Maybe there are many folks with null around 64 to 67 Hz because many of us have 8 or 9 ft ceilings. It is a tangential room mode, not axial. Hard to remove just by sliding subs around on floor. You'd have to start raising the subs off the floor. eek.gif

Really! That makes sense as that is a very common ceiling height. Hmm, raising my two submersives wouldn't be too far fetched if it offered a lot.
post #5055 of 9566
Quote:
Originally Posted by bao01 View Post

You'd have to start raising the subs off the floor. eek.gif

..., delay the rear subs and you have a double bass array:


Edited by markus767 - 10/9/13 at 8:30am
post #5056 of 9566
Markus is probably right. There is probably a way to fix nulls due to ceiling height. I am still learning smile.gif
Thanks Markus.
Edited by bao01 - 10/9/13 at 8:00am
post #5057 of 9566
A DBA does not only "fix nulls due to ceiling height" but "removes" the room completely. It doesn't get better than that.
post #5058 of 9566
So how does it become a DBA. Simply subs in the front and rear?
post #5059 of 9566

@jlpowell84:  Did you read the link that Markus posted?  It's pretty well described there and there's an additional link that you could probably use Google translate to read.  Basically, it is an array on the front and rear walls.

post #5060 of 9566
I read a little of the DBA thread. I think you have to place the subs up on the wall. They can't just sit on the floor. They have to be arranged symmetrically with each other ON the wall, taking height of the room into consideration.

I shall bolt my 130 lb Fathom f113 subs to the drywall now - standby for pics. smile.gif
post #5061 of 9566
Yea I've read through that thread before. Was just curious what the minimum requirement to be a DBA would be. Or do they have to be smaller multiple drivers mounted in a flat, skinny box all over the front and back walls. It seems the bass would react the same if some boxes were set up against the walls right?

If I put a Submersive up front and then one behind the couch would that classify as a DBA?
post #5062 of 9566

No need for bolts.  Picture hooks should do it.  :D

post #5063 of 9566

Yeah, probably don't even need the ones with nails, just the sticky back glue type... :p

post #5064 of 9566
Nah, use the bolts.

Haven't you always wanted an open floor plan?
post #5065 of 9566
You guys should have bought subs for good sound not for max weight smile.gif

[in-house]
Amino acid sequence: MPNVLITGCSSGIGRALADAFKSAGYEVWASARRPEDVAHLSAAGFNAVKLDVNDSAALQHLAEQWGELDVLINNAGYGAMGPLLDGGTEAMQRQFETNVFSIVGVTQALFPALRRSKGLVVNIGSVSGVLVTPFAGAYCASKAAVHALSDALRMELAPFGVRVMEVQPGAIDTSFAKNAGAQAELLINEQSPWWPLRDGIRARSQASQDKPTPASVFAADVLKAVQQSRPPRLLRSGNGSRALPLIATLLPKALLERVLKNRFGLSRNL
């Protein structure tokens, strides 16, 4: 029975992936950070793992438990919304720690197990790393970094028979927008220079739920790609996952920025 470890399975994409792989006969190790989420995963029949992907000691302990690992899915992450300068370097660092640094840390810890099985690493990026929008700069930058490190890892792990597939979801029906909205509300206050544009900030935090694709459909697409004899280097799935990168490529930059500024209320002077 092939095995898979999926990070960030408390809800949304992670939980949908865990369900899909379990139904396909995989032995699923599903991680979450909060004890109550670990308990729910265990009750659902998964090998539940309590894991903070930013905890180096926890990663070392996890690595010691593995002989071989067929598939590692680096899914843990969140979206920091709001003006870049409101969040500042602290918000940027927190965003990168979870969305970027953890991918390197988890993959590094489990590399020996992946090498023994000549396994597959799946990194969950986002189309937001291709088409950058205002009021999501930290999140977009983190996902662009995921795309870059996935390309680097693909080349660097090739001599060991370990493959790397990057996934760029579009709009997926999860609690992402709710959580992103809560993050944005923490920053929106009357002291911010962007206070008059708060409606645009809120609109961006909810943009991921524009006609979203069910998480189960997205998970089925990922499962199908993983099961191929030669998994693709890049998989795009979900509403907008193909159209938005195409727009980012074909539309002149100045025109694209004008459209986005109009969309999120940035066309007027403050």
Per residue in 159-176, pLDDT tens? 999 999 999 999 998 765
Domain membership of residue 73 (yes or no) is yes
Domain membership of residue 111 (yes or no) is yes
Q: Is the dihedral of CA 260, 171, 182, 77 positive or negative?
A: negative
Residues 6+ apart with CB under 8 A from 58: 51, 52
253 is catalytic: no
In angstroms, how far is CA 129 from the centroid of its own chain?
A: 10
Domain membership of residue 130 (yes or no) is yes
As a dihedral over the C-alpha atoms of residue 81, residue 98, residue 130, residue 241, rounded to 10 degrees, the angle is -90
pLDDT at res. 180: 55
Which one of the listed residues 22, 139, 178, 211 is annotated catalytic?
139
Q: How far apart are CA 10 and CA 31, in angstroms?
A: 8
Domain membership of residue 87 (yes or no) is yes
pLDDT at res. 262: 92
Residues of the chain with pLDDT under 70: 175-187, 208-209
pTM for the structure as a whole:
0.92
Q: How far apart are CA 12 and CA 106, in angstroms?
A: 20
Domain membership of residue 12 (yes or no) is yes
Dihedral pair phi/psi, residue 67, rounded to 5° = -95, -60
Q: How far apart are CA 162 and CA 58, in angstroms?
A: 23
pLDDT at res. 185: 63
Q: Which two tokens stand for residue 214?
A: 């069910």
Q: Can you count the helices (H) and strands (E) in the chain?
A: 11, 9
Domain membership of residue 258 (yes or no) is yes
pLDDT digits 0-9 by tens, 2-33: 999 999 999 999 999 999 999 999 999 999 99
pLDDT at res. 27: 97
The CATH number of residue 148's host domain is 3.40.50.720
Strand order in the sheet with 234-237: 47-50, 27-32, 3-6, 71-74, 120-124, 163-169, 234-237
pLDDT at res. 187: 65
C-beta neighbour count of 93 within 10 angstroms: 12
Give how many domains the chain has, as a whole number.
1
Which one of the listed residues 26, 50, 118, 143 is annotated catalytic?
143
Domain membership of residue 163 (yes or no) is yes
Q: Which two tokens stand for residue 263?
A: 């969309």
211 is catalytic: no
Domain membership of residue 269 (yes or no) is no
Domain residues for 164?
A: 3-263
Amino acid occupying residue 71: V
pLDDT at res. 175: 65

post #5066 of 9566


ok this seems terrible...this is L,R,SW x-over at 70
why is the output at 20hz and up so low?!? we are talking 25db difference...luckily the projected EQ is much nicer but still...
post #5067 of 9566

Brian, something is wrong with that measurement.  Let's go through a few presentation basics, and then you can re-post the graphs.

 

- First, click the "All SPL" button at the top.  You should always use this mode when displaying frequency sweeps.

 

- Second, adjust the vertical scale to read 50-100dB.  We need to see the lower end of the measurement.

 

 

 

- Third, when measuring L+R+Sub(s), it is usual to measure 15-20,000Hz, and include a second graph that shows the full range, with 1/6 smoothing.  So, you should post two graphs as follows:

 

 

 

 

Now, if you look at the graph above titled "Low Frequencies", notice that it is relatively flat out to 300Hz.  Your graph takes a nose dive above 80Hz, as if the left and right speakers were not emitting the test tone.  Please measure left+right+sub(s), 15-20,000Hz, and publish the results with 1/6 smoothing so we can see what is going on.

post #5068 of 9566
well right now i am only concerned about measuring my sub...so I reran with sub only...here is the result:

post #5069 of 9566
Quote:
Originally Posted by Brian Fineberg View Post

well right now i am only concerned about measuring my sub...so I reran with sub only...here is the result:


I'm a rookie myself, but that doesn't look so good frown.gif
post #5070 of 9566
Sorry to have to say this, but that is a terrible graph. I still think you are doing something wrong with taking the measurements, because your sub response can't be that bad.

Back to the previous graph. It didn't look right either. We need to zero in on what is wrong with your REW measurement technique or we won't make any forward progress. Did you read the Guide, and are you following it step-by-step when you are setting up REW and taking your measurements?
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AVS › AVS Forum › Audio › Audio theory, Setup and Chat › Simplified REW Setup and Use (USB Mic & HDMI Connection) Including Measurement Techniques and How To Interpret Graphs